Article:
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Relief from a Criminal Conviction (2018 edition)

Discharge and Dismissal of Threats of Mass Violence

Effective for offenses committed on or after December 1, 2018, G.S. 15A-145.7 authorizes expunction of a discharge and dismissal of offenses involving false reports of mass violence in violation of G.S. 14-277.5 and threats of mass violence at schools and places of worship in violation of new G.S. 14-277.6 and G.S. 14-277.7 (see Table 20). This type of expunction was added as part of S.L. 2018-72 (H 670), which created the offenses in G.S. 14-277.6 and G.S. 14-277.7. The requirements for a discharge and dismissal, which is a precondition for an expunction, are contained in new G.S. 14-277.8. (A person also may be eligible for a discharge and dismissal of these offenses under the general discharge and dismissal statute, G.S. 15A-1341(a4), and for an expunction of either type of discharge and dismissal under the general dismissal expunction statute, G.S. 15A-146. For a discussion of the impact of a discharge and dismissal and its eligibility for expunction, see supra Expunctions of Dismissals and Similar Dispositions: Types of Dismissals.)

Subsection (a) of G.S. 14-277.8 states that the court “shall” defer the proceedings pursuant to the discharge and dismissal procedures if the defendant is eligible and the defendant and prosecutor consent. Subsection (b) of G.S. 14-277.8 identifies the conditions the court must impose if, “in its discretion,” the court defers the proceedings. The different terminology makes it unclear whether the procedure is mandatory or discretionary. Compare supra Expunctions of Drug-Related Offenses: Discharge and Dismissal of Controlled Substance, Drug Paraphernalia, and Toxic Vapor Offenses at n.2 (discussing statutory changes to mandatory and discretionary nature of procedure).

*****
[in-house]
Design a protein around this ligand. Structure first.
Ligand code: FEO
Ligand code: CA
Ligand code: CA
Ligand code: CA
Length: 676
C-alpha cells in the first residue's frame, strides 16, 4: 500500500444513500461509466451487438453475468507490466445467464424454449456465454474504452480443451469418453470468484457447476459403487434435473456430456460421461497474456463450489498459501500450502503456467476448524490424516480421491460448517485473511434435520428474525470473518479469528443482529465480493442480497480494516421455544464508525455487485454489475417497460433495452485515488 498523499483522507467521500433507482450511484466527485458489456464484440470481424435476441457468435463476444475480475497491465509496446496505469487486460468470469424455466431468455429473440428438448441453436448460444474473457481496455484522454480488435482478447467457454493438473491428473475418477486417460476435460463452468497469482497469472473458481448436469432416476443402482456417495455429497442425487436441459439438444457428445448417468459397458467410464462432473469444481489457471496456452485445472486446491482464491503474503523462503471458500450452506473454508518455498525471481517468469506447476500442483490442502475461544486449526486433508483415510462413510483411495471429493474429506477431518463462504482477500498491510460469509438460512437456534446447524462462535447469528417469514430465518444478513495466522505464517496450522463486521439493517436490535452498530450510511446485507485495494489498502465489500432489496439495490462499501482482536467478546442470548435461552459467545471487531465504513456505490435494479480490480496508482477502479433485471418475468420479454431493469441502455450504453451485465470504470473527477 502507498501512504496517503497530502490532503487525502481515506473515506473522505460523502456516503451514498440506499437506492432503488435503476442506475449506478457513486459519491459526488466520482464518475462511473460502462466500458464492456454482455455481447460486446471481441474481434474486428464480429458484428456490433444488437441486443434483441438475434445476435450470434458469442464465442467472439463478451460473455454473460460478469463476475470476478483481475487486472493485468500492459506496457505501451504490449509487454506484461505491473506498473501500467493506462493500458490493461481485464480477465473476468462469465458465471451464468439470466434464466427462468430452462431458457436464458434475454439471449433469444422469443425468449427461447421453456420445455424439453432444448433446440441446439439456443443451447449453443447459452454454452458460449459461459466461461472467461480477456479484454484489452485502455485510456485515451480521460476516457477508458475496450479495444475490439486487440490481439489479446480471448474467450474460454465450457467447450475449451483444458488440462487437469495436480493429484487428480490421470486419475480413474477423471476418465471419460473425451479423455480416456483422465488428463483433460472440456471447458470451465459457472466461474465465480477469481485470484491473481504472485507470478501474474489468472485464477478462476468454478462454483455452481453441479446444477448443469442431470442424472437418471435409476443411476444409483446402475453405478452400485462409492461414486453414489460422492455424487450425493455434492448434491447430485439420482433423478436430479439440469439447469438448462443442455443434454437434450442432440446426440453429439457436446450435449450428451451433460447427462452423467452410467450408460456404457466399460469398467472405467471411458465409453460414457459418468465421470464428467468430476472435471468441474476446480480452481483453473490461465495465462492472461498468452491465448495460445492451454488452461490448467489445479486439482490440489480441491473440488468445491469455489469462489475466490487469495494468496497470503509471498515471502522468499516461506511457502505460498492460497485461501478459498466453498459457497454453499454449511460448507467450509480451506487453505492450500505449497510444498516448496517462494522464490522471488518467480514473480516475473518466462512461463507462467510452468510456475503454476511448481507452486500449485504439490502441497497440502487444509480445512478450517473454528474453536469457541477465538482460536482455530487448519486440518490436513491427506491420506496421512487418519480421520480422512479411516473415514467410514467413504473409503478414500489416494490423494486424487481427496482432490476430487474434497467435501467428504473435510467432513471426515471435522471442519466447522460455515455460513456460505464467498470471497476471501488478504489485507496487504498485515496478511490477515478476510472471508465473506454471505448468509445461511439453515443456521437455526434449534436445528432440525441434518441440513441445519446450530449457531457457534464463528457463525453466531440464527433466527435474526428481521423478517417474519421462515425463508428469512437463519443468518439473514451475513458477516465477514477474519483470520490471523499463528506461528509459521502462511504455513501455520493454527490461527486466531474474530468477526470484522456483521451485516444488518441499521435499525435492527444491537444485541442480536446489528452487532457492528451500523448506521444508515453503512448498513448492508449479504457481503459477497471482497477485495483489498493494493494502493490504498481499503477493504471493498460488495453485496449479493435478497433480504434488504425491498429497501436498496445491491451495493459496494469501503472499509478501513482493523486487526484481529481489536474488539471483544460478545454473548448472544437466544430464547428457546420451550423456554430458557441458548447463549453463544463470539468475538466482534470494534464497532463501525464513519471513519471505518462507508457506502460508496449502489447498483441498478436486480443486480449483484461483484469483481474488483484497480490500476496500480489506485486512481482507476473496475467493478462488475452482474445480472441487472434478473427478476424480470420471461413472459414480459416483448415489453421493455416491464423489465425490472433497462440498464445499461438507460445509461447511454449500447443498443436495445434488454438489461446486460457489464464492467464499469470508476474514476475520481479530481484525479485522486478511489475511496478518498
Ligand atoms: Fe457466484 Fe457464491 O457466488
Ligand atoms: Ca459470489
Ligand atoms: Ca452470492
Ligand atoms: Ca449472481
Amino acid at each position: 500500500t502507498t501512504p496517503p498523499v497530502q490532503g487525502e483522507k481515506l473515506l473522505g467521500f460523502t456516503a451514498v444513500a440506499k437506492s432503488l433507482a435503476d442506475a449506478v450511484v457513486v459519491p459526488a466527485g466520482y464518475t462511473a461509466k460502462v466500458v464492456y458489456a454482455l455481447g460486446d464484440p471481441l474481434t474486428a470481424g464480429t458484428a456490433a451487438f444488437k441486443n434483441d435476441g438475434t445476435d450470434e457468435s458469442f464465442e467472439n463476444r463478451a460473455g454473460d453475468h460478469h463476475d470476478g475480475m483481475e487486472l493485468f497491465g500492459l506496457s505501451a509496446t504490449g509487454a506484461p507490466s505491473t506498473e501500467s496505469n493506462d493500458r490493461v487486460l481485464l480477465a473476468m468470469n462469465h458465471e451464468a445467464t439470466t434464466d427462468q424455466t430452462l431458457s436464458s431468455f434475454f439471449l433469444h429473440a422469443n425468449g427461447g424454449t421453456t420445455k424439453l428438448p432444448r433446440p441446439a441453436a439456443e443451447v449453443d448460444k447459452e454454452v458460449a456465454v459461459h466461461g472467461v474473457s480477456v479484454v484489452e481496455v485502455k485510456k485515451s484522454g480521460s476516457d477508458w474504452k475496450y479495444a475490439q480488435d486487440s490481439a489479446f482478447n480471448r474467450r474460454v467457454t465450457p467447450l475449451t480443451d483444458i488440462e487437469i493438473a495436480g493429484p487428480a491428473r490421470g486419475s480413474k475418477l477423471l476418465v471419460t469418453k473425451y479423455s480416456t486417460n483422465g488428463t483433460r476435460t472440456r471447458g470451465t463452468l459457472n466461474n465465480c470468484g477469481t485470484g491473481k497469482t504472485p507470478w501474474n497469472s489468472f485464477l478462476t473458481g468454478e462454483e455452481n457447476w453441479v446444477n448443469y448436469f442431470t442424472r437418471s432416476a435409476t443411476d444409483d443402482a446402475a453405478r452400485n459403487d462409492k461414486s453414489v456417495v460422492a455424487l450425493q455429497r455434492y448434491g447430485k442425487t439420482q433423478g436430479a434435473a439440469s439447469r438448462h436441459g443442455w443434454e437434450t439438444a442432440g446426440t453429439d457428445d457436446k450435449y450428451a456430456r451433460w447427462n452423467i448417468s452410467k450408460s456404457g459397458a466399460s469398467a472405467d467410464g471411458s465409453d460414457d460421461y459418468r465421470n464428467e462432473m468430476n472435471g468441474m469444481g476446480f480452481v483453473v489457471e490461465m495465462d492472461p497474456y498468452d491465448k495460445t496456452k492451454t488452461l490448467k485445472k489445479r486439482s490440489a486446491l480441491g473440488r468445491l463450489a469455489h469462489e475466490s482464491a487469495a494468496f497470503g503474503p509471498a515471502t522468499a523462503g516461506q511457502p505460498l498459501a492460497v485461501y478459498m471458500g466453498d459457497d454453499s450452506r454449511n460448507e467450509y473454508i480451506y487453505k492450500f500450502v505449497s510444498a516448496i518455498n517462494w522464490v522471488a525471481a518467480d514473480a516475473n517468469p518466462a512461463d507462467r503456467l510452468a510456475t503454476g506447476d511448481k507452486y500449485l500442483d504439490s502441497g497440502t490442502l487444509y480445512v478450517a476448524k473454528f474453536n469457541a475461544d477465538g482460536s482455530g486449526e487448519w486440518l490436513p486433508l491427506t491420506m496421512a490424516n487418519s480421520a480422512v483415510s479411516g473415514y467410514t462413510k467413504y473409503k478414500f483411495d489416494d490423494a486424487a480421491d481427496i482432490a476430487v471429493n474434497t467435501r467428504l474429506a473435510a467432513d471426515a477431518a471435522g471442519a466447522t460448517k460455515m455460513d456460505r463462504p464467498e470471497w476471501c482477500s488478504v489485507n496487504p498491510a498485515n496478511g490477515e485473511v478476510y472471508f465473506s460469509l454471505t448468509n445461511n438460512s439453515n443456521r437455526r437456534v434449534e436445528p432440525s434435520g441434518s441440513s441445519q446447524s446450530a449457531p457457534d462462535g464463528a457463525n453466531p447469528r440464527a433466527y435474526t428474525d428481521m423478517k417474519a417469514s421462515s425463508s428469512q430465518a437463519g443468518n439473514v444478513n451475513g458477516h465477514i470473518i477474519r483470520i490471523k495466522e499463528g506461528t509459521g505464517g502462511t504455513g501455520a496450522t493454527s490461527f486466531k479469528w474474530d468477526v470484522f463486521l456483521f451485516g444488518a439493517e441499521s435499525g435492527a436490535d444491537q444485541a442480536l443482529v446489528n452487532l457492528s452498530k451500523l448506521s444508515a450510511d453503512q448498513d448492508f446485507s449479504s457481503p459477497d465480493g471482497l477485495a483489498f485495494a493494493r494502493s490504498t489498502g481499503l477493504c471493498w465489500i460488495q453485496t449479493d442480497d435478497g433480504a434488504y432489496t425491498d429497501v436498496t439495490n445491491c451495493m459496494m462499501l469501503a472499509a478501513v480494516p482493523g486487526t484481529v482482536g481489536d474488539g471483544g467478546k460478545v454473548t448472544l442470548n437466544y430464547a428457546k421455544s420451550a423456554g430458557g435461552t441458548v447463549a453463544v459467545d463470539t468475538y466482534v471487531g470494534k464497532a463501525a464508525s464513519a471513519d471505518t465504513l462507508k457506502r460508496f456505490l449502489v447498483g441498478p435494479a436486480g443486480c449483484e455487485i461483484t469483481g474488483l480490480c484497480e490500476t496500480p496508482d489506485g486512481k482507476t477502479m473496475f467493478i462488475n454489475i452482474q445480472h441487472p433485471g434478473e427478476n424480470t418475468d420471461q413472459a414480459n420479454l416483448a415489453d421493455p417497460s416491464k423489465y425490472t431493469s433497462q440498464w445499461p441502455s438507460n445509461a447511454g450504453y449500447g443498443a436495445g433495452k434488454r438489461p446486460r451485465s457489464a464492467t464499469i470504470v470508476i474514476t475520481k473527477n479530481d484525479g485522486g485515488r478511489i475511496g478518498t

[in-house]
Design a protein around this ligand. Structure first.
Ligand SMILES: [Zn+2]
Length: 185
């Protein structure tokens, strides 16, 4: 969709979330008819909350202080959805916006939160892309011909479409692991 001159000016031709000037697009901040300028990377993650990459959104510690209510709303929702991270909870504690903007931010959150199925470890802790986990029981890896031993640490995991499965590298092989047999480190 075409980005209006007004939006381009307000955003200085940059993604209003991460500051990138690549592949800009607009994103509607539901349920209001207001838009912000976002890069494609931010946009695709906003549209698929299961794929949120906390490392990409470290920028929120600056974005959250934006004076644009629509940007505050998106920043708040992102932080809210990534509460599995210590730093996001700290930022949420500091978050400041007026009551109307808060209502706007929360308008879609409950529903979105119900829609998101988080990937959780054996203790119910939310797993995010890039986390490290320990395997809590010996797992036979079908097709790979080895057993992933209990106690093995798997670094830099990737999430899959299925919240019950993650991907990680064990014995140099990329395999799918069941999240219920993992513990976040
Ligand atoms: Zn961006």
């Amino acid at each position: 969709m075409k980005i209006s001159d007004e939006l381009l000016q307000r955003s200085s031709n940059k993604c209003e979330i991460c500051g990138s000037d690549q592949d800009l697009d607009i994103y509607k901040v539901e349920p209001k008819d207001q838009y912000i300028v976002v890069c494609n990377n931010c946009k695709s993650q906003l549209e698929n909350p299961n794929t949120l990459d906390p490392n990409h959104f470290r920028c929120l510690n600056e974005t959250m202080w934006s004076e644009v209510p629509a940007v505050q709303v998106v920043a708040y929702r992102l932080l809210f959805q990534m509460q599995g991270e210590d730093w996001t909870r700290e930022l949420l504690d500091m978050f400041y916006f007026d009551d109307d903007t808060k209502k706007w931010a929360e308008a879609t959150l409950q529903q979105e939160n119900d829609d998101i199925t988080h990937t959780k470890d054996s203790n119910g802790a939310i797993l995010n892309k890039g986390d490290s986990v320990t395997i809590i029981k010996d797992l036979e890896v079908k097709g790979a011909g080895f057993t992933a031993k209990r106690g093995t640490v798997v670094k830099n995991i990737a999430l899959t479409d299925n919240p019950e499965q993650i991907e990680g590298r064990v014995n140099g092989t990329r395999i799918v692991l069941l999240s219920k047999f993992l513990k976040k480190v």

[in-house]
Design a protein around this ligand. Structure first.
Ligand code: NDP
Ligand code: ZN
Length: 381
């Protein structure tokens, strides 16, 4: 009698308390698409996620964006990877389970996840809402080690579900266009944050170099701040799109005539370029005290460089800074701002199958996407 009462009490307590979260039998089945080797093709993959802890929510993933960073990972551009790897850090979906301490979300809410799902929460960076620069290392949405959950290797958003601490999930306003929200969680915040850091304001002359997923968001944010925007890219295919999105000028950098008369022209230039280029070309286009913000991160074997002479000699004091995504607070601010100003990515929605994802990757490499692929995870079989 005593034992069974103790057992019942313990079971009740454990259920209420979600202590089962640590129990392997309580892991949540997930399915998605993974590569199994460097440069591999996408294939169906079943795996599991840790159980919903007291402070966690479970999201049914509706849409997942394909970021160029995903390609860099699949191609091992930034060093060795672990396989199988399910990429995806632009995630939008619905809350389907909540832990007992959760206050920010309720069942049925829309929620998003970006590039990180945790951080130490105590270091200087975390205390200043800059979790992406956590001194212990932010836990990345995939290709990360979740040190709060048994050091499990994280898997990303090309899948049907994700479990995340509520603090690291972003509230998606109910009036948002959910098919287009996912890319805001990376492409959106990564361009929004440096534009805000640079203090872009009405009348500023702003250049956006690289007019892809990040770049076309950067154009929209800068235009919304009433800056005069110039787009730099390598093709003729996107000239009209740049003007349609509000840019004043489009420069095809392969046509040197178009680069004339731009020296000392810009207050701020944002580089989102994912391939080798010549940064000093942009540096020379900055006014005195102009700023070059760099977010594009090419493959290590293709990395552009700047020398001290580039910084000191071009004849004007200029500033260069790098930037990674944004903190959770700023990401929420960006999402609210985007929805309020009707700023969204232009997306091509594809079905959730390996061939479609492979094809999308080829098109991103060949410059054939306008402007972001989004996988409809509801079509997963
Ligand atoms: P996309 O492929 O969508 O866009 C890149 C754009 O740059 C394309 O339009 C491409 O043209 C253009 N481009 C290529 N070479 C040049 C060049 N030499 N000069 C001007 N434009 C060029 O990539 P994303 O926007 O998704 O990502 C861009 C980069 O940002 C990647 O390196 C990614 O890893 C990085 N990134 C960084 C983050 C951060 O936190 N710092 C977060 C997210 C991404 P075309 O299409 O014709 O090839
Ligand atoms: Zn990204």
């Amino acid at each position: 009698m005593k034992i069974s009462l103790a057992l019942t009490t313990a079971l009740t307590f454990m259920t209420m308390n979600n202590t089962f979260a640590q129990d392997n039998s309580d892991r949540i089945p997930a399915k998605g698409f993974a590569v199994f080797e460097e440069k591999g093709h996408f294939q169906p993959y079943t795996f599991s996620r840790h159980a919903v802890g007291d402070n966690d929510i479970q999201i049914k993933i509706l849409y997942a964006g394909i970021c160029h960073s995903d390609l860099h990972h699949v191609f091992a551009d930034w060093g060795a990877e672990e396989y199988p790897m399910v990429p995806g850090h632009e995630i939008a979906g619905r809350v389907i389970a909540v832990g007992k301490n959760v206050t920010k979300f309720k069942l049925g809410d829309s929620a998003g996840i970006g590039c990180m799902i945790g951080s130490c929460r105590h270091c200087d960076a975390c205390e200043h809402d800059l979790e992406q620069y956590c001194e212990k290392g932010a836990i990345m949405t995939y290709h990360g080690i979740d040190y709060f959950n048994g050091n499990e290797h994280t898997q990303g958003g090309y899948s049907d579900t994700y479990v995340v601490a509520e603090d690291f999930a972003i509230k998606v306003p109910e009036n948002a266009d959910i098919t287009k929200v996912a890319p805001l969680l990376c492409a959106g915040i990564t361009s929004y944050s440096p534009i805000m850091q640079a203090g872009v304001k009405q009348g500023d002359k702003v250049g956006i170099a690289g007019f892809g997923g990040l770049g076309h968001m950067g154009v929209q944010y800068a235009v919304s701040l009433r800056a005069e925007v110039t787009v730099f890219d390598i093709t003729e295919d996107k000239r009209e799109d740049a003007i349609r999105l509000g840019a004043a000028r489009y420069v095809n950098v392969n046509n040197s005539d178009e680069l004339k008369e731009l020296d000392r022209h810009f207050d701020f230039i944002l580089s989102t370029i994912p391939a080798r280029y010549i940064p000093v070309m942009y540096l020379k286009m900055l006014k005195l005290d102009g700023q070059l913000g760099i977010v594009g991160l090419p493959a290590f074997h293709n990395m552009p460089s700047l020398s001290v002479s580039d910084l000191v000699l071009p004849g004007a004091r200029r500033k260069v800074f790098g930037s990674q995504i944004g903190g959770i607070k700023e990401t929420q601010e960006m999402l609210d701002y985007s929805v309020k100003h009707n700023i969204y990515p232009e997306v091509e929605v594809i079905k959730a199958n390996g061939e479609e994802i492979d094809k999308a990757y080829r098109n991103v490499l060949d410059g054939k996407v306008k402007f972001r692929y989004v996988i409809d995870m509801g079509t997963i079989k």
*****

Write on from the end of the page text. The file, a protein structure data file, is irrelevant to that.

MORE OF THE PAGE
Although G.S. 15A-145.7 does not make a prior expunction a bar to either a discharge or dismissal or expunction, the statute requires a prior expunction check. The AOC form therefore includes that step.

As in many of the expunction statutes, G.S. 15A-145.7 treats traffic violations differently than other criminal convictions. Under G.S. 15A-145.7, a conviction of a traffic violation is not a bar to an expunction of a discharge or dismissal of the covered offenses. This guide takes the position that the term “traffic violation,” as used in the expunction statutes, means any misdemeanor conviction under Chapter 20 of the General Statutes unless otherwise specified. The meaning of traffic violation, including impaired driving, is discussed further in Appendixes: Frequently Asked Questions (Traffic Violations and Driving While Impaired (DWI)).

 

Table 20. Discharge and Dismissal of Threats of Mass Violence

Matters Subject to Expunction

Principal Restrictions on Expunction

Applicable Statutes and Forms

  • Discharge and dismissal of:
    • false report of mass violence in violation of G.S. 14-277.5;
    • threat of mass violence at school in violation of G.S. 14-277.6; and
    • threat of mass violence at place of worship in violation of G.S. 14-277.7
  • Person must obtain discharge and dismissal, the requirements of which include
    • offense occurred before person turned 20;
    • no prior conviction of felony or misdemeanor other than traffic violation;
    • no prior discharge and dismissal under G.S. 14-277.8; and
    • fulfillment of terms of probation
  • Person must meet requirements for expunction, including
    • petition may not be filed until completion of discharge and dismissal, for which G.S. 14-277.8 sets a minimum period of probation of 12 months; and
    • good behavior during period of probation and no conviction of felony or misdemeanor other than traffic violation